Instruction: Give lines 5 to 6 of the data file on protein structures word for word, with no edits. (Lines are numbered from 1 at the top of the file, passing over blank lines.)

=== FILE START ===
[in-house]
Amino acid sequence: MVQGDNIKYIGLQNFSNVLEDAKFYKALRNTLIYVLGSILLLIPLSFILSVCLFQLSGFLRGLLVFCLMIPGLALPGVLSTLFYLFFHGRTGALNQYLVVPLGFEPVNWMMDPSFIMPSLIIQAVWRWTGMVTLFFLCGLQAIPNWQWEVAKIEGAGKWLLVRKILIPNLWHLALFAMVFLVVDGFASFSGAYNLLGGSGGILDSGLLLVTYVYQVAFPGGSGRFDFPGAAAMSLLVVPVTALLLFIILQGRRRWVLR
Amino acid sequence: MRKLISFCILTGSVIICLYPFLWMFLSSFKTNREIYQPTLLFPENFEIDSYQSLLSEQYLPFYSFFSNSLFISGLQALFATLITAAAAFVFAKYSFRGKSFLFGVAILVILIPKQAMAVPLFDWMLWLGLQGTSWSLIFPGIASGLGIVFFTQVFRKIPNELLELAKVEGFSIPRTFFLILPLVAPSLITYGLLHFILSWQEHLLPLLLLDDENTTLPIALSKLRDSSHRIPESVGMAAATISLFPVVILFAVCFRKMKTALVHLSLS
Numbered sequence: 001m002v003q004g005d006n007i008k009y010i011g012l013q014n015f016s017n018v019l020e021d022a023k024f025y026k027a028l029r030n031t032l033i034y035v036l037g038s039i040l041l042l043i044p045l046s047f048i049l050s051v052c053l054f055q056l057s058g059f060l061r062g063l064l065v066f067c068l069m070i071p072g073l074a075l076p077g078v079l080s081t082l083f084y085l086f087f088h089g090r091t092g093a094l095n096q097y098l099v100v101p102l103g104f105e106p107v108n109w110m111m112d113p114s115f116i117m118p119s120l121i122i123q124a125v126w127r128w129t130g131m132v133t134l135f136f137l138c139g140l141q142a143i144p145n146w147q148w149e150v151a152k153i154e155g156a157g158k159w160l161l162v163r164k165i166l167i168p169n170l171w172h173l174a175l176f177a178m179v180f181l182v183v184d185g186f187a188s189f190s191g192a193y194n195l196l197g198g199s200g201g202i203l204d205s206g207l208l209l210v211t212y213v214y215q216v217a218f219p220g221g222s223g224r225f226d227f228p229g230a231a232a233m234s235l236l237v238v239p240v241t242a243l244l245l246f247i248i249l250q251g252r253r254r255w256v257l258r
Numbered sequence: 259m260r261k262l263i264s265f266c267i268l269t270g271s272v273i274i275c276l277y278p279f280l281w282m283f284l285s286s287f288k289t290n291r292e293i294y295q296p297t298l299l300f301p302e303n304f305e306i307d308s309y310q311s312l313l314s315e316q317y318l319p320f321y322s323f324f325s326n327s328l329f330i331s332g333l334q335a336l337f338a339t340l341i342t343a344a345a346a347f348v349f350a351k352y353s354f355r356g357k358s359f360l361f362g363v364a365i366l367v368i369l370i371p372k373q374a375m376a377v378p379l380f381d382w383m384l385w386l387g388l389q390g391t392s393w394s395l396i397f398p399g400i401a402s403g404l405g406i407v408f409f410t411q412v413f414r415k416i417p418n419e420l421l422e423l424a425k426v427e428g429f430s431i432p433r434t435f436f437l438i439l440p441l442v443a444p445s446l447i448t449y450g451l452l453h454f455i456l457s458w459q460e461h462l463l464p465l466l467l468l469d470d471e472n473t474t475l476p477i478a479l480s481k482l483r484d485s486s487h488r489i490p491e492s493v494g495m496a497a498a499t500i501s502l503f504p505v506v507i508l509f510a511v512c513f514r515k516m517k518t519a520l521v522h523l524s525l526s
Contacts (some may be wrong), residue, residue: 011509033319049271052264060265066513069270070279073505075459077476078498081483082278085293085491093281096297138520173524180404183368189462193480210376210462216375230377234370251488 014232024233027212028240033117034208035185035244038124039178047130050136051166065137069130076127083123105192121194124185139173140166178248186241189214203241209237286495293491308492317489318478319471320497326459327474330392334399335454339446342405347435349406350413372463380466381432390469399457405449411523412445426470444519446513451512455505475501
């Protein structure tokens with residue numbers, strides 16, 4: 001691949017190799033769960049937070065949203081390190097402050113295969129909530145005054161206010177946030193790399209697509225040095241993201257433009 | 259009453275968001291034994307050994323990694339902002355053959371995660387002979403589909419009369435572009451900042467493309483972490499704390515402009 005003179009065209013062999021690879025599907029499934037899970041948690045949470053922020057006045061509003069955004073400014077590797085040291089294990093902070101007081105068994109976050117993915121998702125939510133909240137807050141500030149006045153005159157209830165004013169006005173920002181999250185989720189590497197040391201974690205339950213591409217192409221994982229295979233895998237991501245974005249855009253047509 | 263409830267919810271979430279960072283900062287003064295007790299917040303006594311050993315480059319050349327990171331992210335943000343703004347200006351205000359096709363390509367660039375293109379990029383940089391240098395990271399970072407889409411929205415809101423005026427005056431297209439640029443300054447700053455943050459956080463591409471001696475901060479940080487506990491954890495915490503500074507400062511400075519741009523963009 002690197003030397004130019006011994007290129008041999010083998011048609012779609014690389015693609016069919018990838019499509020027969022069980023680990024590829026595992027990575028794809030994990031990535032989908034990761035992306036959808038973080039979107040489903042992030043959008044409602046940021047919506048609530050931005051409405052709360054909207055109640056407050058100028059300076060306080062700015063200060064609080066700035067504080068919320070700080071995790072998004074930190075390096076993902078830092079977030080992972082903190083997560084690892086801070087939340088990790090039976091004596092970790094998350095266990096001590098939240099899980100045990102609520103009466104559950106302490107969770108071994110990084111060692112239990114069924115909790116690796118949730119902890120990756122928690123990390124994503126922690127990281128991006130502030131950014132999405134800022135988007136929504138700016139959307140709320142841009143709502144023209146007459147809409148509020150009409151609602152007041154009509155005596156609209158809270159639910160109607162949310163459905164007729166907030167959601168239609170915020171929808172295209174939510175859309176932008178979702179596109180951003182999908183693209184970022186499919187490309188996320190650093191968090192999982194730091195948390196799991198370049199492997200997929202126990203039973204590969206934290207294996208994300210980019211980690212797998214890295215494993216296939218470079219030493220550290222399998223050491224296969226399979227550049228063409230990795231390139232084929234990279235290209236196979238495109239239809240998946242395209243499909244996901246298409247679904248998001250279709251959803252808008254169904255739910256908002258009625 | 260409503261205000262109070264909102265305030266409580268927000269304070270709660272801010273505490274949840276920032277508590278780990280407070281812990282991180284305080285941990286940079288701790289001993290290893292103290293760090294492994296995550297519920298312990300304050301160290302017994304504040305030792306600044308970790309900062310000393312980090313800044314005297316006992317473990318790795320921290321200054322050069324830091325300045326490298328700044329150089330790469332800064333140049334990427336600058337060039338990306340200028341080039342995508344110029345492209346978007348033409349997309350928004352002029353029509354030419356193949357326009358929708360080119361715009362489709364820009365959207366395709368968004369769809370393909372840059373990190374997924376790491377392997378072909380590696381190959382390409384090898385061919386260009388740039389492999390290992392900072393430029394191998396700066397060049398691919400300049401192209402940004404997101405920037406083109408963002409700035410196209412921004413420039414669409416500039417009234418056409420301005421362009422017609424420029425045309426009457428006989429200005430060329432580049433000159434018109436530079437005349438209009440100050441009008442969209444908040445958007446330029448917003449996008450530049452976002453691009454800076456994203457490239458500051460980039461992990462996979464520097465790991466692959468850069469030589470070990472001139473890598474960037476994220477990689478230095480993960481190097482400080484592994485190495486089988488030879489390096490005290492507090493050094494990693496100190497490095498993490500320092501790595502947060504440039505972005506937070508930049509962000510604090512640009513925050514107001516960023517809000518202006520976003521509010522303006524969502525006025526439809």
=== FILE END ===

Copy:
Numbered sequence: 259m260r261k262l263i264s265f266c267i268l269t270g271s272v273i274i275c276l277y278p279f280l281w282m283f284l285s286s287f288k289t290n291r292e293i294y295q296p297t298l299l300f301p302e303n304f305e306i307d308s309y310q311s312l313l314s315e316q317y318l319p320f321y322s323f324f325s326n327s328l329f330i331s332g333l334q335a336l337f338a339t340l341i342t343a344a345a346a347f348v349f350a351k352y353s354f355r356g357k358s359f360l361f362g363v364a365i366l367v368i369l370i371p372k373q374a375m376a377v378p379l380f381d382w383m384l385w386l387g388l389q390g391t392s393w394s395l396i397f398p399g400i401a402s403g404l405g406i407v408f409f410t411q412v413f414r415k416i417p418n419e420l421l422e423l424a425k426v427e428g429f430s431i432p433r434t435f436f437l438i439l440p441l442v443a444p445s446l447i448t449y450g451l452l453h454f455i456l457s458w459q460e461h462l463l464p465l466l467l468l469d470d471e472n473t474t475l476p477i478a479l480s481k482l483r484d485s486s487h488r489i490p491e492s493v494g495m496a497a498a499t500i501s502l503f504p505v506v507i508l509f510a511v512c513f514r515k516m517k518t519a520l521v522h523l524s525l526s
Contacts (some may be wrong), residue, residue: 011509033319049271052264060265066513069270070279073505075459077476078498081483082278085293085491093281096297138520173524180404183368189462193480210376210462216375230377234370251488 014232024233027212028240033117034208035185035244038124039178047130050136051166065137069130076127083123105192121194124185139173140166178248186241189214203241209237286495293491308492317489318478319471320497326459327474330392334399335454339446342405347435349406350413372463380466381432390469399457405449411523412445426470444519446513451512455505475501